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Gold Against The Soul Deluxe Edition Review - GIITTV

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Gold Against The Soul



Unknown
Publication: God Is In The TV
Date: Tuesday 9th June 2020
Writer: Loz Etheridge
Rating: 9/10


"Gold Against The Soul is my favourite Manic Street Preachers album."

Said no-one ever. But why not? It’s a question that has baffled me for decades, largely because it most certainly IS my own personal favourite. What’s not to love? Opening track ‘Sleepflower‘ carries the sleazy, dirty rock ‘n’ roll of their debut over to its successor perfectly, and the thrill of ‘From Despair To Where‘ has never diminished even slightly in the 27 years since its release. A throbbing, pulsating, punch the air and scream-it-at-the-top-of-your-lungs rock record, if ever there was one. Easily one of the best songs of the nineties, and one which by all rights, ought to be considered their greatest moment, and it would be, but, y’know, this is the band who recorded ‘Motorcycle Emptiness‘, lest we forget…

So what IS the problem? Is it the commerciality? That doesn’t make sense either, given that Generation Terrorists, while gritty, angry and bristling with pent up frustration, was still a wholly accessible album. Hell, I even knew people at the time whose only musical purchases I was aware of, prior to that, were Paul Simon‘s Graceland and Mike And The fucking Mechanics, and even THEY loved Generation Terrorists. So how anyone could have a problem with the über-infectious hooks of singles ‘La Tristessa Durera (Scream To A Sigh)‘, the glorious ‘Roses In The Hospital‘, or the incredulous ‘Life Becoming A Landslide‘, I am at a loss to explain.

Perhaps some felt tracks like ‘Yourself‘ or ‘Nostalgic Pushead‘ aped the likes of Metallica rather too keenly? But once again, that appreciation was always there, albeit with a healthy nod to New York Dolls or The Clash swirling around too, in their fantastical melting pot. And I haven’t even mentioned the vibrantly brilliant title track that closes the album, nor the defiant hedonism of ‘Drug Drug Druggy‘ or the utterly brutal ‘Symphony Of Tourette‘. Quite simply, Gold Against The Soul is just belting song after belting song after belting song.

This deluxe re-issue comes resplendent in a hardback annual featuring the remarkable band photography of Mitch Ikeda, which, if any were needed, should be encouragement enough to invest your time and money, but that’s not all. Quite apart from all the various b-sides that are tagged on to the end of disc one (the lovely ‘Hibernation‘ and the fast and furious ‘Charles Windsor‘ particular highlights here, along with THAT Happy Mondays cover), the second disc is a treasure trove of demo versions and remixes that mostly do justice to – and on occasion arguably even SURPASS their original incarnations.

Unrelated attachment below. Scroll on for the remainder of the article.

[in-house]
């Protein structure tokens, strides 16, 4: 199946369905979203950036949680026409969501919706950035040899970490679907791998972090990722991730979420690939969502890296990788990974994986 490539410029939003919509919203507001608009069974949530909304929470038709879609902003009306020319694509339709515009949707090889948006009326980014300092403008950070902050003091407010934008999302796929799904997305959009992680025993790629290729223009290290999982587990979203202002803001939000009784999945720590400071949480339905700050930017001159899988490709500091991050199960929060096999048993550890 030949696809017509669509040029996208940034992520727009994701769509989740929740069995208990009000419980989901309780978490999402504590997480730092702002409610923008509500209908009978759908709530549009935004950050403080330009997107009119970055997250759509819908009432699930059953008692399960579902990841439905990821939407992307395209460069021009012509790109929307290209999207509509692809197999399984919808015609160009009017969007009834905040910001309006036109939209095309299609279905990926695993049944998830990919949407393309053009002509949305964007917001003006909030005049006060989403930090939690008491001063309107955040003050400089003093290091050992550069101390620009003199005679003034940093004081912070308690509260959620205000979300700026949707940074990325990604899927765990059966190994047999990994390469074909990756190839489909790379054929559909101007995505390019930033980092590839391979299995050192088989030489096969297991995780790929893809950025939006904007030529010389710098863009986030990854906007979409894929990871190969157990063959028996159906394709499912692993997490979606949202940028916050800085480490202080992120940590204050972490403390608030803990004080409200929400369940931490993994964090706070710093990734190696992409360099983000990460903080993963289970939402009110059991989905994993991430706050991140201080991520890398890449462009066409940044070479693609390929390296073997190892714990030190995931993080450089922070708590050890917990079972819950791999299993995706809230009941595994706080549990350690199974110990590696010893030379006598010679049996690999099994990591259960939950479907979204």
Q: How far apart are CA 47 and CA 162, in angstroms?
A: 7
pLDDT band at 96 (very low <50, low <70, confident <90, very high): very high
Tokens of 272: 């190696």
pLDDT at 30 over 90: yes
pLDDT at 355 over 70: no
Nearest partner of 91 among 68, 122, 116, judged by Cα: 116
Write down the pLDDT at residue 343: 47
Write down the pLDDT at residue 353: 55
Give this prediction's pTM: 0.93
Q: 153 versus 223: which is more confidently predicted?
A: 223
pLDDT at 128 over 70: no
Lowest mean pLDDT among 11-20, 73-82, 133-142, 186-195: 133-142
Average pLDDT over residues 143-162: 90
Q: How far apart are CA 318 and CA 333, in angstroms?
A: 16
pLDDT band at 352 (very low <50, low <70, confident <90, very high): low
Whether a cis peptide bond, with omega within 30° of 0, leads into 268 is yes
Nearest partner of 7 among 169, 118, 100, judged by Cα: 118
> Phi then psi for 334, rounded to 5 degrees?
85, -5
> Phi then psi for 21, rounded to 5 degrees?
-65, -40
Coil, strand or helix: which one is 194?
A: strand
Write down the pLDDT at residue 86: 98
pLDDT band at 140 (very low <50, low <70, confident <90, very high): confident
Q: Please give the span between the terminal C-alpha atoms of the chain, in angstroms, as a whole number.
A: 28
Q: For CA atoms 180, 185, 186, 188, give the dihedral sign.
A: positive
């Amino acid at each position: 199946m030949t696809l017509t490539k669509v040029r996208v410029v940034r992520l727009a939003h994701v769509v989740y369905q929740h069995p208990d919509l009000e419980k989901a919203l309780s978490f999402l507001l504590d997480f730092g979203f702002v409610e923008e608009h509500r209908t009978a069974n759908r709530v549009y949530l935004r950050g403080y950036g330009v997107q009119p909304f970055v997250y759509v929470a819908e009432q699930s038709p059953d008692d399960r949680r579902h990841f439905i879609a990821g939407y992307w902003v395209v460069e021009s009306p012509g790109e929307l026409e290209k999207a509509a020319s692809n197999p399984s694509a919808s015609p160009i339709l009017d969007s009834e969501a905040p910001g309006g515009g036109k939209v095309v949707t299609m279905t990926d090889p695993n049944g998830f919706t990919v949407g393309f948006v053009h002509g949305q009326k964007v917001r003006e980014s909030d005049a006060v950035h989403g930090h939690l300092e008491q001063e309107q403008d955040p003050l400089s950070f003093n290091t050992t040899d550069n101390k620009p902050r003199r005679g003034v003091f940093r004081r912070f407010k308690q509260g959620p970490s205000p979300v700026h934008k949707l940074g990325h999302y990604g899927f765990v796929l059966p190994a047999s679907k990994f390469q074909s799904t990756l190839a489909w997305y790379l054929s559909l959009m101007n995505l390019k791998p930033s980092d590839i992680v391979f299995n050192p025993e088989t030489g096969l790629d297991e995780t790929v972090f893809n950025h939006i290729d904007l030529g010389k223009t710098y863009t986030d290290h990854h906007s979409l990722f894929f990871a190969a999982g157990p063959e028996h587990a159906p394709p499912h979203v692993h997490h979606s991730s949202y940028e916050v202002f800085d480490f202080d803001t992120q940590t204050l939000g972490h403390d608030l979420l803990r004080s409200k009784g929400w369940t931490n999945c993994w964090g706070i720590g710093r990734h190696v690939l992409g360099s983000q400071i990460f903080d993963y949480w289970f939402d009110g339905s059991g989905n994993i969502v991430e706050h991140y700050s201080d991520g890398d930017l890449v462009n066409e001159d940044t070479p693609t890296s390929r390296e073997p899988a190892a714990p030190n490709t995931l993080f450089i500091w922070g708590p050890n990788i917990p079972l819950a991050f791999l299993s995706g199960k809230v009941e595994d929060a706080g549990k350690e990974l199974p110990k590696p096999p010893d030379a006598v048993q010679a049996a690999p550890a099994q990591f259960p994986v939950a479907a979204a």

There isn’t a great deal of difference between the first couple of House In The Woods demos and the versions that made the final cut, other than the demos being somewhat tinnier and much rougher around the edges, though the ‘Live In Bangkok‘ version of ‘Yourself‘ included here is testament to just what a powerhouse band The Manics really are in front of an adoring audience, and ‘Life Becoming A Landslide‘ is a far more stripped back affair initially. And ‘Drug Drug Druggy‘, in its ‘Impact Demo‘ form, seems a little too cheerful for its own good. Both demo versions of ‘Roses…‘ have that urgent rock ethic that pervaded Generation Terrorists, which is interesting to hear in context with its ‘poppier’ final arrangement. But it’s the jazzified mash-up of the OG Psychovocal Remix which catches the ear most of all, where that song is concerned. It’s totally hypnotic. As is the 51 Funk Salute mix, for that matter. That said, I’m not sure we needed QUITE so many versions of it – out of the 17 tracks here, SIX of them are ‘Roses In The Hospital‘, which is perhaps a little bit too much overkill. Although one of them, granted, is that stunning Chemical Brothers take.

Quite simply, this is one heck of a re-issue, only let down (though it’s a tiny gripe in the grand scheme of things) by the latter observation, and the fact that, although the beautiful black and white photography is something to behold, I would have liked something to READ as well, damn it! But hey, who’s quibbling? This is, when you get down to it, a superbly packaged edition of what I will continue, defiantly, to cite as the Manics’ finest hour.